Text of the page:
Friday, February 09, 2018

National Popular Vote: more GOP members have gone on trips, Baker files disclosure late, McDugle still non-compliant

Three weeks ago, I reported that three freshmen GOP state representatives went on junket to NYC in December paid for by a National Popular Vote lobbying group. I've learned some news on the topic that deserves an update.

The Institute for Research on Presidential Elections put on the December 14th-17th excursion, which was attended by State Reps. Avery Frix (R-Muskogee), Rhonda Baker (R-Yukon), and Kevin McDugle (R-Broken Arrow). IRPE and its sister organization National Popular Vote seek to bypass the Electoral College and elect the president by a national popular vote.

Under their proposal, states would pledge to give their electors to the winner of the popular vote; hence, Oklahoma's electoral votes would have been given to Hillary Clinton in 2016, and to Barack Obama in 2008 and 2012, despite Oklahomans overwhelmingly voting for the GOP nominees.

On February 3rd, the El Reno Tribune ran an article on the topic, interviewing Rep. Baker (who has not responded to my repeated requests for comment) and State Sen. Lonnie Paxton.

Baker told the reporter that her expenses were indeed paid for by IRPE, but that she personally covered expenses for her husband, who also attended the trip with Frix and McDugle. She is quoted as saying, "It's all on the state Ethics Commission website."

Problem -- there is evidence that she had not submitted the require disclosure at the time of the interview, despite giving the impression to the El Reno Tribune (and thus her constituents) that she had.

Filings with the Oklahoma Ethics Commission show that Baker submitted the disclosure form on February 5th, and it was stamped "received" on the 6th - two days after she told the El Reno Tribune it was "all on the state Ethics Commission website".

According to Ashley Kemp, Executive Director of the Oklahoma Ethics Commission, legislators and state employees who receive scholarships or subsidies for trips to events like this must submit a disclosure form within 30 days of the trip, showing who paid for their expenses and how much was spent. The "due date" for Baker, Frix, and McDugle would be January 17th. Frix filed his on the 16th, within that timeframe. According to Kemp, failure to follow the Ethics rules in this regard may result in a $1,000 fine.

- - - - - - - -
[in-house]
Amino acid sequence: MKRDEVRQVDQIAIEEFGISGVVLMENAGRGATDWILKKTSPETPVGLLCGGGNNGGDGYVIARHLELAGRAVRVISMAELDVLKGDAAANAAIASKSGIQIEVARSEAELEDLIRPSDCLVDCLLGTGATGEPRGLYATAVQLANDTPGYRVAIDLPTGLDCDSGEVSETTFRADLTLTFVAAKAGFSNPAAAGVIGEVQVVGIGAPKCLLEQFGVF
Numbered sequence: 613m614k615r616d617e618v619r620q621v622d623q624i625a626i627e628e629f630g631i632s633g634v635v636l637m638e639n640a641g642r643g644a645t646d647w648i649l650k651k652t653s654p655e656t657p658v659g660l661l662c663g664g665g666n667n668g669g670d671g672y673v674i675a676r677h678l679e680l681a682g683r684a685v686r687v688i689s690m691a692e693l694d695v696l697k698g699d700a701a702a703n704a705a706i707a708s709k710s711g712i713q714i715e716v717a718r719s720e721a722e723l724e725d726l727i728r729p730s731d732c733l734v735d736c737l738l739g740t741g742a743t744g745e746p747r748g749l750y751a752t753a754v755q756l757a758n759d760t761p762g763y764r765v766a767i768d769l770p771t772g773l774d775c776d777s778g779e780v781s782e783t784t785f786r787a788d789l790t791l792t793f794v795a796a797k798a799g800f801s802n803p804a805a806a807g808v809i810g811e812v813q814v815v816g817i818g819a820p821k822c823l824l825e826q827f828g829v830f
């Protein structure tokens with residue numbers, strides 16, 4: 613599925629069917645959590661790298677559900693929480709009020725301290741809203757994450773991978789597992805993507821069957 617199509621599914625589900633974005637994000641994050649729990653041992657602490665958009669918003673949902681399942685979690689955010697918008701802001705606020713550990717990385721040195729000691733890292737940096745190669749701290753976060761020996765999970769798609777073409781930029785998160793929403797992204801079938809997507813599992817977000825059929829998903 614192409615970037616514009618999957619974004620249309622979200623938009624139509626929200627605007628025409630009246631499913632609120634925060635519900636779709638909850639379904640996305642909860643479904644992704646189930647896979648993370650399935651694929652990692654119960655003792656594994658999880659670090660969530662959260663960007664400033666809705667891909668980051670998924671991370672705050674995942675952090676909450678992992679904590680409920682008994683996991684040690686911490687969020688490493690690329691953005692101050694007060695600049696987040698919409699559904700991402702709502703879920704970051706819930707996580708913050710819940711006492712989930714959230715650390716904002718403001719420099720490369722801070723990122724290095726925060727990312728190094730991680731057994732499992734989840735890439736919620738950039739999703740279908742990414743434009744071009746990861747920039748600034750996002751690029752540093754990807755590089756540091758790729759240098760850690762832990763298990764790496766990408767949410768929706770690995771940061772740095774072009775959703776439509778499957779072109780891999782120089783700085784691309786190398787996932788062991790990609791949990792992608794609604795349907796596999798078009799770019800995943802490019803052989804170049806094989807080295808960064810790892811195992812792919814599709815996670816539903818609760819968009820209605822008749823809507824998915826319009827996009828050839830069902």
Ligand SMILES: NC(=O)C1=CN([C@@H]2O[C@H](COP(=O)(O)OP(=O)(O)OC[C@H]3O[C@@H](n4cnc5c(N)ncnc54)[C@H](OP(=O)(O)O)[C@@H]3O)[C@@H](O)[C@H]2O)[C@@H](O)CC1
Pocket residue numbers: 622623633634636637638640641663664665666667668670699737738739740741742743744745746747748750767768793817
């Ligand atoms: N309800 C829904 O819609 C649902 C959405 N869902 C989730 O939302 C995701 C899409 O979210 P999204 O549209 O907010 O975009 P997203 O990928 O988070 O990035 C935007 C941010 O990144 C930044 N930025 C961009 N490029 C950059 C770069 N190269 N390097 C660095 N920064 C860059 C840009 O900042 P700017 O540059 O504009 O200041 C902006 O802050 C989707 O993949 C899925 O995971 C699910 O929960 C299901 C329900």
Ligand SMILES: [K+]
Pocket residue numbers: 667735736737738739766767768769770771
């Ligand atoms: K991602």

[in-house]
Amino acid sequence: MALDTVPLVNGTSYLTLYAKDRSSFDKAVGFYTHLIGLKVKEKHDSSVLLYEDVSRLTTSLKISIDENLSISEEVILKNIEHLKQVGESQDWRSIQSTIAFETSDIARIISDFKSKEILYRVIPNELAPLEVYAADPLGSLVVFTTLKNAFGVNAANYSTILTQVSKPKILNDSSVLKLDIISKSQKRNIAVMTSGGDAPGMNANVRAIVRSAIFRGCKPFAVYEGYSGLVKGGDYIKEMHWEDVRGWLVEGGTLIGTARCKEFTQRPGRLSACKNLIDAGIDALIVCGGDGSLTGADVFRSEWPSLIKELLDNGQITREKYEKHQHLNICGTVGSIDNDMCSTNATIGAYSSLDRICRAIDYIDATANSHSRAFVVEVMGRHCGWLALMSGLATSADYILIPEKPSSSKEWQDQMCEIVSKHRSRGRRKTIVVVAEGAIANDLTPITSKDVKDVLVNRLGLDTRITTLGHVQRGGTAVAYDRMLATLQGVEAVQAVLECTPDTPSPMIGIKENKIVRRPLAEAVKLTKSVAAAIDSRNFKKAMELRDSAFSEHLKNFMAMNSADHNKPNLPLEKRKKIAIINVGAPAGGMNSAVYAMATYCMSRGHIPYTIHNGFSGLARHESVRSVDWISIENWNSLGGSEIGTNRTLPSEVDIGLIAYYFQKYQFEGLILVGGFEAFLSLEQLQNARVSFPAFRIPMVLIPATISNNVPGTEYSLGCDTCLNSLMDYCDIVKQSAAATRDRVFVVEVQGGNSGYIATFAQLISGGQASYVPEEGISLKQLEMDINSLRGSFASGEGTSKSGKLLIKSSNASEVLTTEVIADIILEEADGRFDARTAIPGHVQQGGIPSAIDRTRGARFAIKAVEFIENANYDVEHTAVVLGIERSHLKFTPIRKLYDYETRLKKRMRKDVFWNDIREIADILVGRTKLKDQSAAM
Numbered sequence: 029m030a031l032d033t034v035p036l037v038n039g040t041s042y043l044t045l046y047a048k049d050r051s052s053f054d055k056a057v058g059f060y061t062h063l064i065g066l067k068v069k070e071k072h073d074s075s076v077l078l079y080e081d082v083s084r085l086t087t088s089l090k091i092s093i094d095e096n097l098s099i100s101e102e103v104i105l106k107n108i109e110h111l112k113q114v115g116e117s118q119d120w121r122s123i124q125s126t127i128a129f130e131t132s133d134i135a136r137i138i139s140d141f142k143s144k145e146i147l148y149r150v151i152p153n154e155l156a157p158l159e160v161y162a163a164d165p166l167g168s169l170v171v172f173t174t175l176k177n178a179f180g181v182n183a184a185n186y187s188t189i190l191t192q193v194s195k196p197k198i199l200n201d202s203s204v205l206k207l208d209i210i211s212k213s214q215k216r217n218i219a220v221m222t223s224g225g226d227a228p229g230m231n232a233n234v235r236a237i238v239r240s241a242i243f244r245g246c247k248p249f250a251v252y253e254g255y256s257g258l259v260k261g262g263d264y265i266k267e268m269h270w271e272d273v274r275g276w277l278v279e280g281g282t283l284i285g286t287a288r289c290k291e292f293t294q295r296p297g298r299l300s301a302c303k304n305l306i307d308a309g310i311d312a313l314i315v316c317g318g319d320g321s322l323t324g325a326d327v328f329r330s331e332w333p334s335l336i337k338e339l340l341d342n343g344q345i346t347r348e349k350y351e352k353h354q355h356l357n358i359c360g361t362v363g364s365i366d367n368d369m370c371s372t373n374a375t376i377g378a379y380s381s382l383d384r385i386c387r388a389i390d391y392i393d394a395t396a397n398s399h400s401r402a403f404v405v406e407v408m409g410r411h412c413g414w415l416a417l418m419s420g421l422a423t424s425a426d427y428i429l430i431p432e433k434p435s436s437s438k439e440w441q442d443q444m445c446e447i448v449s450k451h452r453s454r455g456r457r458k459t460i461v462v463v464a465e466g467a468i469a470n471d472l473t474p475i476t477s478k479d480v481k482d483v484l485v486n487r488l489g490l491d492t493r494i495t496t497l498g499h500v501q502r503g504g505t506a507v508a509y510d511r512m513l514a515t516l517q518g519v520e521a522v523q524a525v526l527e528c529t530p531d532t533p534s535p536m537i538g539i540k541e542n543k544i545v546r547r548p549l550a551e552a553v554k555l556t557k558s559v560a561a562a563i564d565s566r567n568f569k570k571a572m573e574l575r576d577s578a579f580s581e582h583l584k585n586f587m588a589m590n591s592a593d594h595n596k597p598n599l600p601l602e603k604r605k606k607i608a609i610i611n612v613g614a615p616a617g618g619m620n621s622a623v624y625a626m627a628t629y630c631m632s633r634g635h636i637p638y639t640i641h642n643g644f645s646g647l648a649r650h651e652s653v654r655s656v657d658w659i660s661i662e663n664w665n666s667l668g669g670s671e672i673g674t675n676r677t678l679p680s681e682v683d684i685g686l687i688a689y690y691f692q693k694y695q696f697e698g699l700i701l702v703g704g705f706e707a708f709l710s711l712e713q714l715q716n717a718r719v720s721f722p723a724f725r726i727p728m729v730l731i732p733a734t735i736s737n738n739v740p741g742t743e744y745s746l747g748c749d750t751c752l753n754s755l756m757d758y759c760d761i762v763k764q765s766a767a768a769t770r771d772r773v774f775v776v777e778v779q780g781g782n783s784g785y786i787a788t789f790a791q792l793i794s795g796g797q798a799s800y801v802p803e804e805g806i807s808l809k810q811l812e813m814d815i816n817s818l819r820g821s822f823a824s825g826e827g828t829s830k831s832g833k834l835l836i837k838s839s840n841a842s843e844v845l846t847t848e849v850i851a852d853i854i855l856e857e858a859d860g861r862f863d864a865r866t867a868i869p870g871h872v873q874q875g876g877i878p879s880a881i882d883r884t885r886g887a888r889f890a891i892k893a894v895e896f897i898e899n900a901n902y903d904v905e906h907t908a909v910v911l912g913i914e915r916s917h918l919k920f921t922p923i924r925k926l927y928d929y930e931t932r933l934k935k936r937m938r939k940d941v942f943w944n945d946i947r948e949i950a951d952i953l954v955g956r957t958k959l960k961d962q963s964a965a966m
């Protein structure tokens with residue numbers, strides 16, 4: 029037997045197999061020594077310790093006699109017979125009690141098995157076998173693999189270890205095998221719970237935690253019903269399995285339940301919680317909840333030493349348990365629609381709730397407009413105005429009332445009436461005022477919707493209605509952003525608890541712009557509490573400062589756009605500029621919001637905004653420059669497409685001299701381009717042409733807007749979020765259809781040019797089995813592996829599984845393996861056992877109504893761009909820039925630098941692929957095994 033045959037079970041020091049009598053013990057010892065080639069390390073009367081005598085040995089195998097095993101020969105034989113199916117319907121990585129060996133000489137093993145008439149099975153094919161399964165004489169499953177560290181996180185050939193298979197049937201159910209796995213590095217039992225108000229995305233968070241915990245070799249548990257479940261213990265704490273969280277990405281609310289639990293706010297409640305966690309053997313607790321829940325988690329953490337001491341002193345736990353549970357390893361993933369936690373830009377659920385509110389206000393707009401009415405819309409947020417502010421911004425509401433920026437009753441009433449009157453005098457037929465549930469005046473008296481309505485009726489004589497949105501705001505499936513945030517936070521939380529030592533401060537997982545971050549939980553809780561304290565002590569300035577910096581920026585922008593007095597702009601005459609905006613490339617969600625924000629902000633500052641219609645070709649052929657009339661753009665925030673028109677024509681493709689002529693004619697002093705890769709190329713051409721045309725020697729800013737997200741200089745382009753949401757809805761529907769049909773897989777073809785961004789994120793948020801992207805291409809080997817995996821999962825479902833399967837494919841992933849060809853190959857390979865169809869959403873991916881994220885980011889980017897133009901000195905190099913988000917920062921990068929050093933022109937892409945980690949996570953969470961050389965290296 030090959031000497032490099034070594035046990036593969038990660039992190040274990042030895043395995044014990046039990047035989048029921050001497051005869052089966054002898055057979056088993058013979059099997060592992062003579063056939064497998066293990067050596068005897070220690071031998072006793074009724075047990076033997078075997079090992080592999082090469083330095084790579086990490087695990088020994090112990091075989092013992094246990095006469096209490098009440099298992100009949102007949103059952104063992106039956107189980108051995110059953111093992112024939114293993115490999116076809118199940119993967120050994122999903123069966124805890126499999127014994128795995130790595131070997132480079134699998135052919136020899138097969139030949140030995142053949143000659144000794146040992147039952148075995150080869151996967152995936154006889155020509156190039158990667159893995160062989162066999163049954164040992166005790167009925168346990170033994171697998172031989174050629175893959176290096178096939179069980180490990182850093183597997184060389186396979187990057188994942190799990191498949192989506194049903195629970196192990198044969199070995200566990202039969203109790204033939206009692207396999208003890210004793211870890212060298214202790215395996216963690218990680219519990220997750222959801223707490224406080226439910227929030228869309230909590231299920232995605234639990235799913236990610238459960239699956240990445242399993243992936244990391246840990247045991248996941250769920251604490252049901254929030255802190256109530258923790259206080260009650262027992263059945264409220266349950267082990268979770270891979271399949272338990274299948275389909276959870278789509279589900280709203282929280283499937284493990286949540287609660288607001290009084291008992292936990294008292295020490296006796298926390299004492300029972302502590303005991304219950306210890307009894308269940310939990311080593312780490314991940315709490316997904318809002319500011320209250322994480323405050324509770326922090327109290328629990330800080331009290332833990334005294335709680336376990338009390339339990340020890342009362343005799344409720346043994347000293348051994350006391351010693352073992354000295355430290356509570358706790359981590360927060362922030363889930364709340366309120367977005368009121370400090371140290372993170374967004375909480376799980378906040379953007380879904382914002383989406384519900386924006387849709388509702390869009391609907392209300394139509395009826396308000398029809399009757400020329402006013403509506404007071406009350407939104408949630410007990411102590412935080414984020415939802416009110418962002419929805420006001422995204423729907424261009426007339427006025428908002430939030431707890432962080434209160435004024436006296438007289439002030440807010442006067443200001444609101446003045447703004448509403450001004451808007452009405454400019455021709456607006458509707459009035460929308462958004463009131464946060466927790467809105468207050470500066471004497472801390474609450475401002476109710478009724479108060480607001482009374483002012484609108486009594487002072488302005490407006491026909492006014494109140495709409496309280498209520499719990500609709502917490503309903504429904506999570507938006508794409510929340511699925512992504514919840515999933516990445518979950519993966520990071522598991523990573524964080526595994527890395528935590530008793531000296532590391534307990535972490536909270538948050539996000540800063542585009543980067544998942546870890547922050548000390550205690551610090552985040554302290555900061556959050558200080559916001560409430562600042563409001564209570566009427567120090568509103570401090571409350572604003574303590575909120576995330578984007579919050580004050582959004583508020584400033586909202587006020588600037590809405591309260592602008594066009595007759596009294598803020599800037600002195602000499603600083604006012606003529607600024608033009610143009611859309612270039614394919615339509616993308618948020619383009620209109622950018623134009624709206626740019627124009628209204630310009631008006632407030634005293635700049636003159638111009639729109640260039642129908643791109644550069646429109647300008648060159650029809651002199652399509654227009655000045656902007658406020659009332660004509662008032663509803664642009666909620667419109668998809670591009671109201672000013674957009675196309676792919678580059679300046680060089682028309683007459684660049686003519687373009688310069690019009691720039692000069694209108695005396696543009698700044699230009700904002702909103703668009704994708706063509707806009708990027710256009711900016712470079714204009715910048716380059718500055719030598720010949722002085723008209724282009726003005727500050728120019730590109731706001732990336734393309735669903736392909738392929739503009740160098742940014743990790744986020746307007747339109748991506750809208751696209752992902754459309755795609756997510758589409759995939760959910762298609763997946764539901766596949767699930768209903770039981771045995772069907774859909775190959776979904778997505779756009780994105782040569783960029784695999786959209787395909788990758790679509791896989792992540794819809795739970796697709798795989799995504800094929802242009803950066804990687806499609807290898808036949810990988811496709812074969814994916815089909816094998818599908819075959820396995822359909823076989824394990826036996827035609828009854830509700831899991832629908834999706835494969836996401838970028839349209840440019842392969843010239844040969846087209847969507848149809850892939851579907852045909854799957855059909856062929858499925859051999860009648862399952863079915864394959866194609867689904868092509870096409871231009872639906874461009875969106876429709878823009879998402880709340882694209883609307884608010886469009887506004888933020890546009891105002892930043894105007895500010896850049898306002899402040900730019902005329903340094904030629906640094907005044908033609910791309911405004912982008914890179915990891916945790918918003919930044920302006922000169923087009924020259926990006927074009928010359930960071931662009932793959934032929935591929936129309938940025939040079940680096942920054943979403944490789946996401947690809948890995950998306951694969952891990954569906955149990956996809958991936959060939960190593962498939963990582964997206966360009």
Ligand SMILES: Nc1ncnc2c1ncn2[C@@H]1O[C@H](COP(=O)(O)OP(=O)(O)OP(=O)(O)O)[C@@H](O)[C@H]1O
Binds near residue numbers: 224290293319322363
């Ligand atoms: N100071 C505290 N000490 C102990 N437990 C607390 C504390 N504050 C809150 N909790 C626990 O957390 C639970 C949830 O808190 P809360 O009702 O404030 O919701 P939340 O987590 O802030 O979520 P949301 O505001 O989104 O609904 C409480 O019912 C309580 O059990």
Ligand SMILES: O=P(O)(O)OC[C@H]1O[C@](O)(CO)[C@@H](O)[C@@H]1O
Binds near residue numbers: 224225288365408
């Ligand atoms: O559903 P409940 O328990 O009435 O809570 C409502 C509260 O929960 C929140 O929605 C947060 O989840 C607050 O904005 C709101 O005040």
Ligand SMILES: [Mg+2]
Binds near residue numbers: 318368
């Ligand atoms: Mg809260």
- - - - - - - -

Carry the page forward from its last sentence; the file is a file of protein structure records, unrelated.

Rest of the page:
Thus, Rep. Baker was 19 days late filing her disclosure form.

To date, Rep. Kevin McDugle has not submitted his disclosure form, and he has not responded to my repeated requests for comment.

In the El Reno Tribune article, Baker said that other Canadian County legislators 'have also been the guests at IRPE events. Rep. Leslie Osborn and Sen. Stephanie Bice have attended conferences hosted by the organization, she said.'  In the same article, State Sen. Lonnie Paxton (R-Tuttle) revealed that he attended a similar event recently in Utah.

This is news, as there are no disclosure forms filed or campaign finance reports that indicate Bice, Osborn, or Paxton received the same sponsorships that IRPE is known to give out.

Are there other legislators out there who have recently been to National Popular Vote/IRPE events, and had their expenses paid for by those lobbying groups? Who else is not in compliance with these transparency and disclosure rules?

I'll keep digging to find out more.


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